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Capacity4dev Team created a new Article 28 November 2014
What illicit trade is worth up to $23 billion each year, threatens the environment, food security and the economies of developing countries, and is now the subject of a special taskforce at INTERPOL? The answer is illegal, unreported and unregulated fishing (IUU).
Capacity4dev Team created a new Article 25 March 2015
“If we can replace the hand hoe with a smartphone as the most common tool in the hands of an African farmer, then we are halfway towards our dream,” said Theo de Jager, President of the Pan African Farmers Organisation and the Southern African Confederation of Agricultural Unions. That dream is to combat poverty in Africa by helping growers make the most of increasingly abundant data on prices, materials and weather.
By 2050, the world’s farmers will have two billion more mouths to feed. Significant improvements to agricultural productivity are needed - particularly on the small farms of less than two hectares which produce nearly 70% of the world’s food. Supporting and promoting these smallholder farmers is increasingly urgent.
Capacity4dev Team created a new Article 13 October 2014
Wherever you are in the world, beekeeping is a guaranteed source of income. The international market varies but in developing countries honey production remains a vital means of subsistence. It supports the environment too, but plummeting bee numbers now jeopardise food chains in developing and developed countries alike, and experts are scrambling to coordinate a response.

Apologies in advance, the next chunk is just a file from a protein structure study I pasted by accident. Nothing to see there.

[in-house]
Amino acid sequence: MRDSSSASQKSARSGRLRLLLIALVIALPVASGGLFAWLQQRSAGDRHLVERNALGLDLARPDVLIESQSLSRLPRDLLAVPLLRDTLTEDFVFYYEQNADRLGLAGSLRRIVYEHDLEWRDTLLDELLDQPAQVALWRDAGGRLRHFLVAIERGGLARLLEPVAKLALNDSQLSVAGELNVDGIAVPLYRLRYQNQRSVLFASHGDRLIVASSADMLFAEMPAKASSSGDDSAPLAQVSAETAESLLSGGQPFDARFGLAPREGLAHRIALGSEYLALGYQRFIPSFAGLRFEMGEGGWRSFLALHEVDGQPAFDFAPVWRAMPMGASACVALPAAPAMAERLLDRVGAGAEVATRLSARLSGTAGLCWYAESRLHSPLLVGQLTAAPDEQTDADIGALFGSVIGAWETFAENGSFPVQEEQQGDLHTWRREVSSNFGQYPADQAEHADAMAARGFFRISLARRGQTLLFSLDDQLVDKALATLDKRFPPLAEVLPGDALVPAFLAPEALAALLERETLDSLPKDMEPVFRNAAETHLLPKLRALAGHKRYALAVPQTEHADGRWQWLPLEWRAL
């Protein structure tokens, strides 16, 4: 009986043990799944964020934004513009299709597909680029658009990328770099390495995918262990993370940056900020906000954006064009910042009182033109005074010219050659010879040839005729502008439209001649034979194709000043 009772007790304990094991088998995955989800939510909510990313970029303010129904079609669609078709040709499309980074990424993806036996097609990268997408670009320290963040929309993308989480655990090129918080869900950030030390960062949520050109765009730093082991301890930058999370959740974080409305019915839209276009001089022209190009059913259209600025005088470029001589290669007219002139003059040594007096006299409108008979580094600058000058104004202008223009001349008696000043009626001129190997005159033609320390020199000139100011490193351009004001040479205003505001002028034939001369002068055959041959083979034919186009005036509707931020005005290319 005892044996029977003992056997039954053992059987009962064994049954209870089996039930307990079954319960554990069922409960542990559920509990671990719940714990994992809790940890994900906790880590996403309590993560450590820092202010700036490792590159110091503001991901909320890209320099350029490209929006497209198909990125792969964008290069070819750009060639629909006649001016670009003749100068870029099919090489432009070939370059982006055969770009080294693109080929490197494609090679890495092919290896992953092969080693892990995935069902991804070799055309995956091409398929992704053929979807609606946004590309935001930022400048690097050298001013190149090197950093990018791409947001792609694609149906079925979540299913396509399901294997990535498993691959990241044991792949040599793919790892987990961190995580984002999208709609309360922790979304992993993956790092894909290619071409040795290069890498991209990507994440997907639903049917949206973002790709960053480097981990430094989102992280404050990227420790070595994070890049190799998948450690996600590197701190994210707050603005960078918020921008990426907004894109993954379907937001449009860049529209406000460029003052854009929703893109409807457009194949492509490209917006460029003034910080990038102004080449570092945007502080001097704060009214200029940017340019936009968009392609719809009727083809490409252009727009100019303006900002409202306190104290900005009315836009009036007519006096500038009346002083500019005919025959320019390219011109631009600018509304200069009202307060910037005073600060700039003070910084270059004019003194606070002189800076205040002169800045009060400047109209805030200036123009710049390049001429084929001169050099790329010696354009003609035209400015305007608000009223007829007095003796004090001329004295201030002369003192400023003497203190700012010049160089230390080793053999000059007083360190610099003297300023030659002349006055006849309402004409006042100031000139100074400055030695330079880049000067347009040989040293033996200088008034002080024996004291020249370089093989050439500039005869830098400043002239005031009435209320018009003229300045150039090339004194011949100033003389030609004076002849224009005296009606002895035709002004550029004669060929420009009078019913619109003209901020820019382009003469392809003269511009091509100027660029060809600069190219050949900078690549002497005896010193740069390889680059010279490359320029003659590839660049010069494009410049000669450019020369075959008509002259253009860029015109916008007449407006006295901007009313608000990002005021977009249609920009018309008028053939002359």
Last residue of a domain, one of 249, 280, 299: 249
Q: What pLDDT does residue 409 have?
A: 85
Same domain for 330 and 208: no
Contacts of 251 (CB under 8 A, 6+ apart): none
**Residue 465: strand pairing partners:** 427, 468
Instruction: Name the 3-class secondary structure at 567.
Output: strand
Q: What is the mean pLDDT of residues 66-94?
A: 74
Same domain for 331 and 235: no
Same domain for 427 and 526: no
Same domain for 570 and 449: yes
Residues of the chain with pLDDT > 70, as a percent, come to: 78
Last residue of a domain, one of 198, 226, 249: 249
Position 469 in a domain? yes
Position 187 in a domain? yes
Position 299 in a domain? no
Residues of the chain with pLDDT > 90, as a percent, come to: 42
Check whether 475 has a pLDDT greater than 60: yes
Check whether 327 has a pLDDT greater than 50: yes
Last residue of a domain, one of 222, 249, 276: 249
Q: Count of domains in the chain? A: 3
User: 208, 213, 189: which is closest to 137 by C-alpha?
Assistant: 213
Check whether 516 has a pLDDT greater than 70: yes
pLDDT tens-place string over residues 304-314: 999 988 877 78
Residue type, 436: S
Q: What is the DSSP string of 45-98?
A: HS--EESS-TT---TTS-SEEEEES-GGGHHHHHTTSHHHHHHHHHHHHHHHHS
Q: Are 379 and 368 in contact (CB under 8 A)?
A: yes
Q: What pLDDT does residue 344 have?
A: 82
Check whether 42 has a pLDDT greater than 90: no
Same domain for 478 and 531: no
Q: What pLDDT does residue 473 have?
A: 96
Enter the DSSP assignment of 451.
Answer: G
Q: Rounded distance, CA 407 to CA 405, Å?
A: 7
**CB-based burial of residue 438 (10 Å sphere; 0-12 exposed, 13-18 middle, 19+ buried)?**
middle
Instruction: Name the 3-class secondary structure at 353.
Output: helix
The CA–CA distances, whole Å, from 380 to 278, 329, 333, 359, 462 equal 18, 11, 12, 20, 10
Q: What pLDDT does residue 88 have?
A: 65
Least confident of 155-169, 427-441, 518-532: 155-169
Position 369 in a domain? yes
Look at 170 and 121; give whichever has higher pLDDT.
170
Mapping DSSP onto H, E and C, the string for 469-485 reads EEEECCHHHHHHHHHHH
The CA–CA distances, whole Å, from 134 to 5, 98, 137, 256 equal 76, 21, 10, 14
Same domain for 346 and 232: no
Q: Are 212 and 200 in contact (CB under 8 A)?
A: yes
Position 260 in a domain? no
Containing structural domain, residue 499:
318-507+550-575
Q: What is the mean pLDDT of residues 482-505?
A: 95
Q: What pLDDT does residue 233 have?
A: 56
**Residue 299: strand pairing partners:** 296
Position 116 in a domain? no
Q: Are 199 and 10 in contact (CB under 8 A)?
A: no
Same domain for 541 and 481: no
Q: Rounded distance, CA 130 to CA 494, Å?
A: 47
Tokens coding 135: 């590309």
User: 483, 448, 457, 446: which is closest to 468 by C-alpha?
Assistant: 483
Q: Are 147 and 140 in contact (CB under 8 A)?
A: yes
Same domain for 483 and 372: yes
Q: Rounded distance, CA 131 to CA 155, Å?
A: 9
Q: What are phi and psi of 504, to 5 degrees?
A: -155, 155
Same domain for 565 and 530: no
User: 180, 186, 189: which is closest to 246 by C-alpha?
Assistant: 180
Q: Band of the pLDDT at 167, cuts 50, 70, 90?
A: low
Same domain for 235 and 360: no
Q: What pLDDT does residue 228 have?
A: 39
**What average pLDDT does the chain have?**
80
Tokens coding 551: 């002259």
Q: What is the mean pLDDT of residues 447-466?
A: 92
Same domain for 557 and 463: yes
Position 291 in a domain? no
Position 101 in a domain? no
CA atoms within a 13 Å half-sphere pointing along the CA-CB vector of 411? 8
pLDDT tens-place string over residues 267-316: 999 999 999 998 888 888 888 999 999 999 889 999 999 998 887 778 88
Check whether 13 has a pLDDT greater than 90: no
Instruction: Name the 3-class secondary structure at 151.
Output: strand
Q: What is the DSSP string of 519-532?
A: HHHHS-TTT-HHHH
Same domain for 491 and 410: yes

Developing the link between agriculture and tourism could be a significant opportunity for small island developing states. Already an expanding sector in several Pacific and Caribbean islands, agritourism can address a range of development challenges – among them low agricultural productivity, high food imports and loss of tourism revenue, poor public health and youth unemployment.
Capacity4dev Team created a new Article 10 December 2013
There is much discussion in the development arena about the struggle ahead to feed the seven plus billion, of the methods proposed towards food security, building resilience, safeguarding water resources and so on. But few stop to ponder the basic ingredient in all of this: the very land under our feet, and the starting point of all agricultural productivity. At the European Development Days, EuropeAid hosted a Lab session dedicated to the relevance of soils in development policy, featuring the release earlier this year of the first Soil Atlas of Africa.
Twelve years after the European Union launched a plan to tackle illegal logging, independent evaluators are assessing progress and shortcomings. Their findings could contribute to the definition of any future EU forest policy.
A team of oxen draws a plough over the red earth of the Zambian countryside cutting a neat line under the traditional practices of the past that in this village are being replaced by conservation agriculture, benefitting small-scale farmers.
Securing nutritious food for the world’s growing population is essential to ensure health and quality of life. But beyond that, it can be a driver for development. It creates rural employment, which can reduce migration. It boosts education through better school attendance and concentration, which develops human capital and helps break the cycle of poverty. In addition, sustainable agriculture methods can combat climate change. Everything begins with food, and achieving these goals will require cooperation between governments, local authorities and private sector organisations.
Women collecting wood Uganda
The health of Uganda’s wetlands impacts everything from the livelihoods of surrounding communities to rates of gender-based violence. The proper management of this unique ecosystem can help address root causes of conflict while empowering women at the same time.

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